Mae Doyle comes back to her hometown a cynical woman. Her brother Joe fears that his love, fish cannery worker Peggy, may wind up like Mae. Mae marries Jerry and has a baby; she is happy but restless, drawn to Jerry's friend Earl.
After failing to be re-elected, politician Blake Washburn returns home and becomes editor of the local newspaper. When he notices the influence the paper has on the public, he uses it to appeal to potential voters in the next election.
Johnny runs away from Father O'Hara's orphanage and becomes a roller skating star with the help of Mary Reeves. He becomes involved with women, including Polly, who only love him because he... See full summary »
When billionaire Jean-Marc Clement learns that he is to be satirized in an off-Broadway revue, he passes himself off as an actor playing him in order to get closer to the beautiful star of the show, Amanda Dell.
"O. Henry's Full House" is a film divided in five segments telling five tales in the beginning of the Twentieth Century. 1) "The Cop and the Anthem": the winter is coming and the homeless drifter Soapy wants to go to jail for three months to get shelter and food. His partner Horace suggests they look for shelter with the Salvation Army, but Soapy refuses. He forces many situations to be arrested but he is always forgiven. When he goes to the church, there is a miracle and Soapy decides to seek a job position. Will he succeed? 2) "The Clarion Call": when a thief kills a man, the police investigators do not have any lead to follow. Police Sergeant Barney Woods sees a pen that was found in the crime scene and he seeks out a man called Johnny Kernan. He finds Johnny that invites Barney to drink with him and they go to his hotel room. Johnny recalls their youth, when they were friends but Barney tells that he must arrest him since he recognized the pen that belonged to Johnny. However the ... Written by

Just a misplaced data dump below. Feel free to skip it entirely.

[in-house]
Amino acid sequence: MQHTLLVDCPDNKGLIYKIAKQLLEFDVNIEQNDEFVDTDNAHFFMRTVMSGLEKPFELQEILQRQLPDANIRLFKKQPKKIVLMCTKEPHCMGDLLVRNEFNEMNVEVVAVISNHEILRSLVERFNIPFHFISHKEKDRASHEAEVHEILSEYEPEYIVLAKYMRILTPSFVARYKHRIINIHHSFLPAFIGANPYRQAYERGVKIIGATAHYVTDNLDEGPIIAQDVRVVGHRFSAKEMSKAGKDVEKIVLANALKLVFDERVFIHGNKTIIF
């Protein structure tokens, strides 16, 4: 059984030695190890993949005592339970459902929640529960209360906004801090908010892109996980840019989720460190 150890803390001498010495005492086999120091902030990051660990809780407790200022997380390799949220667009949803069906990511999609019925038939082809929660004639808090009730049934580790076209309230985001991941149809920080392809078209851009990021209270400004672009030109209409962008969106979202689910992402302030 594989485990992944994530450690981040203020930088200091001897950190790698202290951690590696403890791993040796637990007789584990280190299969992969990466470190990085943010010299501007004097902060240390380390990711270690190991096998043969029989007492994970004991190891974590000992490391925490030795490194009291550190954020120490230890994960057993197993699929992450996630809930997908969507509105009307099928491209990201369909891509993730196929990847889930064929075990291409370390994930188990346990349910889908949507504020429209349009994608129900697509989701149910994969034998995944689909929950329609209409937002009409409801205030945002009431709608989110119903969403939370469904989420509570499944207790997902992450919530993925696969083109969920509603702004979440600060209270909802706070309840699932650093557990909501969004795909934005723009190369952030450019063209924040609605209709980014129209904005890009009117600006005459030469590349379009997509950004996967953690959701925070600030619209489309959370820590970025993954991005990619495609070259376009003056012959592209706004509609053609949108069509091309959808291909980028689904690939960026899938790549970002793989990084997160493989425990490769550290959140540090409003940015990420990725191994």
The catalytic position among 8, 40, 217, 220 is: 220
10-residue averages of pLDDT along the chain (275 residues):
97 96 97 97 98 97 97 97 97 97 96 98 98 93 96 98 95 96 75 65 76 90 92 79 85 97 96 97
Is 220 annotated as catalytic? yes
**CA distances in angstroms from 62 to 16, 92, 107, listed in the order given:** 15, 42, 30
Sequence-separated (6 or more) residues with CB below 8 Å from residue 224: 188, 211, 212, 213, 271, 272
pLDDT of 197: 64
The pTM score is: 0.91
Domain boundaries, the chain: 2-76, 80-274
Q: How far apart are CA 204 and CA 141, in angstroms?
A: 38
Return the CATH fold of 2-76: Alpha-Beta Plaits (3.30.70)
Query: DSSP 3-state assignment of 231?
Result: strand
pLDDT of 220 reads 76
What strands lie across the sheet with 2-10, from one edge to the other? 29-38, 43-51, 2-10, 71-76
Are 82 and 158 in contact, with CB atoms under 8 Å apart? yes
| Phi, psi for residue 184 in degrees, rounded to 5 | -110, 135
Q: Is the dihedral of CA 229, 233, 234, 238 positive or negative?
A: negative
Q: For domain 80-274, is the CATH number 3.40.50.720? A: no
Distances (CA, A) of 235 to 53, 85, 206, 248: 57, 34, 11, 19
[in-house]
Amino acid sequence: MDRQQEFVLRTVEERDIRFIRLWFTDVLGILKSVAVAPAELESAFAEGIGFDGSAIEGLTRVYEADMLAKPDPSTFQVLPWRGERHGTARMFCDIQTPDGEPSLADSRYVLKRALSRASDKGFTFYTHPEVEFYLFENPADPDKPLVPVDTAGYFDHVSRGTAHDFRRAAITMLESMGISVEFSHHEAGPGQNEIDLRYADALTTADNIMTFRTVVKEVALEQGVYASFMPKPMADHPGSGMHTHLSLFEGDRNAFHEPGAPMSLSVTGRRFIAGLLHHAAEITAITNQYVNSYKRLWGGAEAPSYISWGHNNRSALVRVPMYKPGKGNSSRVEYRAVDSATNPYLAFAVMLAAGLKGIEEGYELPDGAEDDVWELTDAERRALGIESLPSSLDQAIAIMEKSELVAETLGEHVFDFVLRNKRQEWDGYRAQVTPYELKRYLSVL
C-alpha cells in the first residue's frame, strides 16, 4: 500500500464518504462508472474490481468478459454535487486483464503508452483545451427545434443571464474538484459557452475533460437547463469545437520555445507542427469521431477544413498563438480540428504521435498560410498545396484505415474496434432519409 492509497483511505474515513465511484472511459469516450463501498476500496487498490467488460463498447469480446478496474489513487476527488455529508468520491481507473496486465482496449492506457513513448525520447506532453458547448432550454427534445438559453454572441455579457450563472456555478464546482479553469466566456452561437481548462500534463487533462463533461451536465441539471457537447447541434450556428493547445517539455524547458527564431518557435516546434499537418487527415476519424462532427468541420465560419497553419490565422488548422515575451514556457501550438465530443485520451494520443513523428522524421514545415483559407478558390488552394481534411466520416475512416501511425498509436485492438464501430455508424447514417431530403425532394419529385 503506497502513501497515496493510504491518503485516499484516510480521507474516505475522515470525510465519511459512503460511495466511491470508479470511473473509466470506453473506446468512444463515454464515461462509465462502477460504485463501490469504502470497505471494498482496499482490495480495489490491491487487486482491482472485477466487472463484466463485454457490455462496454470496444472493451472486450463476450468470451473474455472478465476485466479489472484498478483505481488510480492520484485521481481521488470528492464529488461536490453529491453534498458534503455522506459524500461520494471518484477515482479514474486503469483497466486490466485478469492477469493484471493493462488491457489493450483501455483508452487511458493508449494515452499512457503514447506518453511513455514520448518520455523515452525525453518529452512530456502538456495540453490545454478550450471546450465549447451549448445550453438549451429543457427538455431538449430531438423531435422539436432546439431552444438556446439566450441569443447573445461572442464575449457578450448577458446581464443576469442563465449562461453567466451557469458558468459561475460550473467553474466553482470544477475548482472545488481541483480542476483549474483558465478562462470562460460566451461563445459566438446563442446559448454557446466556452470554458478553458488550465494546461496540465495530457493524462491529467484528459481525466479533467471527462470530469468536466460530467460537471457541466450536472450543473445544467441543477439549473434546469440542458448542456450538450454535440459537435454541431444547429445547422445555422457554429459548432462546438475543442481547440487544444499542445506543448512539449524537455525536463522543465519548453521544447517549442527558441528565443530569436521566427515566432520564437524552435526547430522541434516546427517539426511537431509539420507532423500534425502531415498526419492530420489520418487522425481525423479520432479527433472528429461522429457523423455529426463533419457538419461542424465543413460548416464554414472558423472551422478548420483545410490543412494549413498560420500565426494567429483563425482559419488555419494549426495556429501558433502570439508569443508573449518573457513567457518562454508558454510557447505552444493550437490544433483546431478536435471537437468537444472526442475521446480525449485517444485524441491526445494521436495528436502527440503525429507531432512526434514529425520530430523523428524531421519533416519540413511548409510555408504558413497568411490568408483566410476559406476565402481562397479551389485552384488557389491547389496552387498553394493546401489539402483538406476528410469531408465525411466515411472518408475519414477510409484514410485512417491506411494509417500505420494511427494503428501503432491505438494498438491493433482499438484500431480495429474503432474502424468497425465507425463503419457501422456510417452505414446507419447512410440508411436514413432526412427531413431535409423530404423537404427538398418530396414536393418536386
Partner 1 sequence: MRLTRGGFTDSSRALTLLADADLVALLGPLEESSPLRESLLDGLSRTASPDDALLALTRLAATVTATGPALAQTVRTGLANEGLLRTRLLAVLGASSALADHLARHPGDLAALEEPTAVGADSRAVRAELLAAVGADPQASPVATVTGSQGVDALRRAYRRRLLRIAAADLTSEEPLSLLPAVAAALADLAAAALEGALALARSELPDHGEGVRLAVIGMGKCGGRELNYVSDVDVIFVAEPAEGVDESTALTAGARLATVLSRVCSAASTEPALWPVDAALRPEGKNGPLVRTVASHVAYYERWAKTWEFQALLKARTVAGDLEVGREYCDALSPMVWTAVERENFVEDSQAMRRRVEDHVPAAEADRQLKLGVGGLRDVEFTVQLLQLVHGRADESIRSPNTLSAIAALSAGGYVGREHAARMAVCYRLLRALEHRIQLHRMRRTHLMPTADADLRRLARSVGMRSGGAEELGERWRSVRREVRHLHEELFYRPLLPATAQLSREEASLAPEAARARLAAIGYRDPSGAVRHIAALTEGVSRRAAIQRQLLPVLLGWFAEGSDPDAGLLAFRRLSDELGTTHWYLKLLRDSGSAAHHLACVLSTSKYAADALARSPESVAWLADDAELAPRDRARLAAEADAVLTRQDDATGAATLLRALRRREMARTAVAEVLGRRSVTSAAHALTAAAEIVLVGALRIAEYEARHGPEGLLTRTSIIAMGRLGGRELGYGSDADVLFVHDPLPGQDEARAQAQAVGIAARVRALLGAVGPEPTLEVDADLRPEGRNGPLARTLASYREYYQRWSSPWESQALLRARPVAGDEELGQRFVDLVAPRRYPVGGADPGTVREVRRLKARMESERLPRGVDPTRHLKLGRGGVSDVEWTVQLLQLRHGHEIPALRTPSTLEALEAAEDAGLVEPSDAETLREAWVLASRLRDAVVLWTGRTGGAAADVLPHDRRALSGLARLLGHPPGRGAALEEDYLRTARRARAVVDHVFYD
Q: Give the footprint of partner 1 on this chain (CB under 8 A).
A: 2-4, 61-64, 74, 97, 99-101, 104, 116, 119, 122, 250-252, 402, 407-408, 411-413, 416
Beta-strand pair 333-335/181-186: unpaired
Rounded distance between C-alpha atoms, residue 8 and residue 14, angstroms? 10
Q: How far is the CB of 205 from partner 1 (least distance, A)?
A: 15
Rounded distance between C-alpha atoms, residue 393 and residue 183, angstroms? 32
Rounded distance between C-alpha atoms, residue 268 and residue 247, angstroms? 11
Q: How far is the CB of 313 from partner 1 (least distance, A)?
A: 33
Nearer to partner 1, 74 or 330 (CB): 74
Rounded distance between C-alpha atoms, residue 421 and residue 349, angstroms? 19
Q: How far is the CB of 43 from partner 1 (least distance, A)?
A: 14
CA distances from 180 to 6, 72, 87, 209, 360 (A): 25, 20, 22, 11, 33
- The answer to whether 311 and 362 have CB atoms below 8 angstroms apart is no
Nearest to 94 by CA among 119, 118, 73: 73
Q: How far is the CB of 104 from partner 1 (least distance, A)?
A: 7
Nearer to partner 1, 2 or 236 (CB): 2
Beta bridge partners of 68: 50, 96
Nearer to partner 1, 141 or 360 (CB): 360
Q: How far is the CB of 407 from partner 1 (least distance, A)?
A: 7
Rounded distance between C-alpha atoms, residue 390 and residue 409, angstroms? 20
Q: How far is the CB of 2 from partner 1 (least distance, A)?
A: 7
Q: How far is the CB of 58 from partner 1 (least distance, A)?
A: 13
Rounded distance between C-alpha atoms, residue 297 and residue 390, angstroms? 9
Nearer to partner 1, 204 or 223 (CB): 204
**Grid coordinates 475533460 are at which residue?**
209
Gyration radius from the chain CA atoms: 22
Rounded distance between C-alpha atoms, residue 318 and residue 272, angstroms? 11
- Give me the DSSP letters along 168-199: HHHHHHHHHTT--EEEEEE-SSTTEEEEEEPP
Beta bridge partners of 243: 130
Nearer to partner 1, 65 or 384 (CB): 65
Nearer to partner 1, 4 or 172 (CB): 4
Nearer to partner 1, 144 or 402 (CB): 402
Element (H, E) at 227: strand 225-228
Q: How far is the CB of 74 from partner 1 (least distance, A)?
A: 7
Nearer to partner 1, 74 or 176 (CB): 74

Claudio Carvalho, Rio de Janeiro, Brazil
I was surprised when I saw this film was made in the 1950's. I would have guessed the 40's or sooner. It is a real treasure. These stories are, of course, the very epitome of irony. Every story has a "surprise" ending, although, with this writer, we are anticipating a surprise. Some are part of Americana and are ingrained in our memories. The two best, in my estimation, are "The Last Leaf," about a dying girl who is giving up hope. The other, perhaps his most famous story, is the Christmas story "The Gift of the Magi." A young woman and her husband are just beginning their lives and have no money for Christmas presents. They go to great sacrifices to do an act of kindness. The ending is so charming and loving, we should all see it. The quality of each episode is excellent.
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